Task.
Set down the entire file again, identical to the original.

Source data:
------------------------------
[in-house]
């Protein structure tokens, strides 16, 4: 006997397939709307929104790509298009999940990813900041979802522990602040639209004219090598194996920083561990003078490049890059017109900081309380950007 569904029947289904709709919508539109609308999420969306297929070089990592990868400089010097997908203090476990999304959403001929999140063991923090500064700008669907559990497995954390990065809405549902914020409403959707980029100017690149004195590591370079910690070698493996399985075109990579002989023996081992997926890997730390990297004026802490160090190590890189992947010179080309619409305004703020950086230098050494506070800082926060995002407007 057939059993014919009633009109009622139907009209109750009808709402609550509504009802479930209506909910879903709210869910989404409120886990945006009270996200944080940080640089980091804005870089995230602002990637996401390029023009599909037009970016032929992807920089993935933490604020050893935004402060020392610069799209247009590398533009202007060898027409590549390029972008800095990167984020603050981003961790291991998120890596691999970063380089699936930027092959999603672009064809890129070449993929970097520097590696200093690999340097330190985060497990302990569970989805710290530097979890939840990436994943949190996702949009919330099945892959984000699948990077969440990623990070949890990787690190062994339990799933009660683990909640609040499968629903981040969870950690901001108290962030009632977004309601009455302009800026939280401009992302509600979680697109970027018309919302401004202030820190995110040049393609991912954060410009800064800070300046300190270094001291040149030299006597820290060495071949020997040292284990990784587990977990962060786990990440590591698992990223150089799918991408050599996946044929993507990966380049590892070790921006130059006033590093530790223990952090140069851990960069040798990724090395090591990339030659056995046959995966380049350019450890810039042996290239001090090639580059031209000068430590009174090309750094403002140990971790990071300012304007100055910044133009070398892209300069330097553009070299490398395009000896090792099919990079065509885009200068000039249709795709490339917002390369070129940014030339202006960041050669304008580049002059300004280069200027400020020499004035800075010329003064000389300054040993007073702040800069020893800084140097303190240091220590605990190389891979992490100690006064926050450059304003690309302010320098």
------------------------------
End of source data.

[in-house]
């Protein structure tokens, strides 16, 4: 006997397939709307929104790509298009999940990813900041979802522990602040639209004219090598194996920083561990003078490049890059017109900081309380950007 569904029947289904709709919508539109609308999420969306297929070089990592990868400089010097997908203090476990999304959403001929999140063991923090500064700008669907559990497995954390990065809405549902914020409403959707980029100017690149004195590591370079910690070698493996399985075109990579002989023996081992997926890997730390990297004026802490160090190590890189992947010179080309619409305004703020950086230098050494506070800082926060995002407007 057939059993014919009633009109009622139907009209109750009808709402609550509504009802479930209506909910879903709210869910989404409120886990945006009270996200944080940080640089980091804005870089995230602002990637996401390029023009599909037009970016032929992807920089993935933490604020050893935004402060020392610069799209247009590398533009202007060898027409590549390029972008800095990167984020603050981003961790291991998120890596691999970063380089699936930027092959999603672009064809890129070449993929970097520097590696200093690999340097330190985060497990302990569970989805710290530097979890939840990436994943949190996702949009919330099945892959984000699948990077969440990623990070949890990787690190062994339990799933009660683990909640609040499968629903981040969870950690901001108290962030009632977004309601009455302009800026939280401009992302509600979680697109970027018309919302401004202030820190995110040049393609991912954060410009800064800070300046300190270094001291040149030299006597820290060495071949020997040292284990990784587990977990962060786990990440590591698992990223150089799918991408050599996946044929993507990966380049590892070790921006130059006033590093530790223990952090140069851990960069040798990724090395090591990339030659056995046959995966380049350019450890810039042996290239001090090639580059031209000068430590009174090309750094403002140990971790990071300012304007100055910044133009070398892209300069330097553009070299490398395009000896090792099919990079065509885009200068000039249709795709490339917002390369070129940014030339202006960041050669304008580049002059300004280069200027400020020499004035800075010329003064000389300054040993007073702040800069020893800084140097303190240091220590605990190389891979992490100690006064926050450059304003690309302010320098």